More recently too, and over the previous two seasons I've had adequate exposure to the outstanding terminal performance of North Fork bullets in their heavy calibres on buffalo and giraffe while on safari in Zimbabwe, this actually led to my writing a magazine review about North Fork bullets for use on heavy-boned game. Wim Lambrechts of African Leadwood has the North Fork dealership here in South Africa and at the March 2013 Huntex Show he kindly gave me some North Fork 160gr SS (Semi-Spitzer) bonded core solid shank soft points to try out in my 7x57mm Mauser on plains game, (Wim well knows of my penchant for the Nosler AccuBond!) and I'm really looking forward to doing so.

    Strangely, very few of our younger generation PHs here in southern Africa show much inclination towards owning and using the venerable 7x57mm Mauser. I have spoken to a number of them around campfires in South Africa and Zimbabwe, and whilst all readily acknowledge the bullet has been well proven on the global battlefields of yesteryear, and right across Africa's hunting fields, they would still rather opt for another calibre such as a .300 Winchester Magnum obviously and correctly so, it is a case of horses for courses however, I also think it could be because they think the 7x57mm a little old fashioned, despite its accolades and sound track record.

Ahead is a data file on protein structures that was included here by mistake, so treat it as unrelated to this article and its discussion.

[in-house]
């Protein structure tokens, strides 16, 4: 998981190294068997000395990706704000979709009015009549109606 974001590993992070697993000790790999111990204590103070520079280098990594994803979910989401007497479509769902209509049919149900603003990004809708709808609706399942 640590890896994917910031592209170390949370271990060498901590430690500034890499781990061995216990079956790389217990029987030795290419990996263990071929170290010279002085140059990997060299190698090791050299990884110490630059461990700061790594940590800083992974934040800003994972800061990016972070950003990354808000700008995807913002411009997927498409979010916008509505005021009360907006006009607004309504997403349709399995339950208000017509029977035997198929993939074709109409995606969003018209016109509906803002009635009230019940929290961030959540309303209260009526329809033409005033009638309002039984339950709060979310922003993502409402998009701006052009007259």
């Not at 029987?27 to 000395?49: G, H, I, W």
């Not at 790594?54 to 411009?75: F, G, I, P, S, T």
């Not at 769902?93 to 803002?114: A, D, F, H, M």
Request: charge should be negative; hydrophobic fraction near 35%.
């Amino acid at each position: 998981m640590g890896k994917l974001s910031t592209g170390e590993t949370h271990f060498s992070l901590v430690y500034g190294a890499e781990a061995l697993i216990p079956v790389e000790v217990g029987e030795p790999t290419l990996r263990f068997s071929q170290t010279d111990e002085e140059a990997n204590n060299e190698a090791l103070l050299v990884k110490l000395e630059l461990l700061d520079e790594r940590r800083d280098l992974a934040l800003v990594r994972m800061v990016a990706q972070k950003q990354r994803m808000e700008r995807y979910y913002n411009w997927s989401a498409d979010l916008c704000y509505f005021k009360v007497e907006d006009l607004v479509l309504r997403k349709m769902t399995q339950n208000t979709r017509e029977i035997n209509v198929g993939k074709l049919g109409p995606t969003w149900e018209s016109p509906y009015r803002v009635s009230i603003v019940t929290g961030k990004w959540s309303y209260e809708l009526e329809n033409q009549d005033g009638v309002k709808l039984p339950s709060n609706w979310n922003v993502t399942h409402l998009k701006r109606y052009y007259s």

As I slowly head towards my twilight years, I've often thought about which rifle I'll keep when I can't physically hunt any longer. Although, and being a working PH by the time I decide to hang my guns up, I think my .375 H&H and my .458 Lott will be retired first. Quite simply because somehow, I can't think of myself giving up my 7x57, although I can see myself as a doddering old codger in a rocker on the veranda, my trusty old 7x57 across my lap, and still being lovingly oiled.

  2. Upepo

    Upepo AH Member

    Sep 6, 2013
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    Great article.
    I don't know why I didn't think of this before - I need to have some coffee and wake up here :)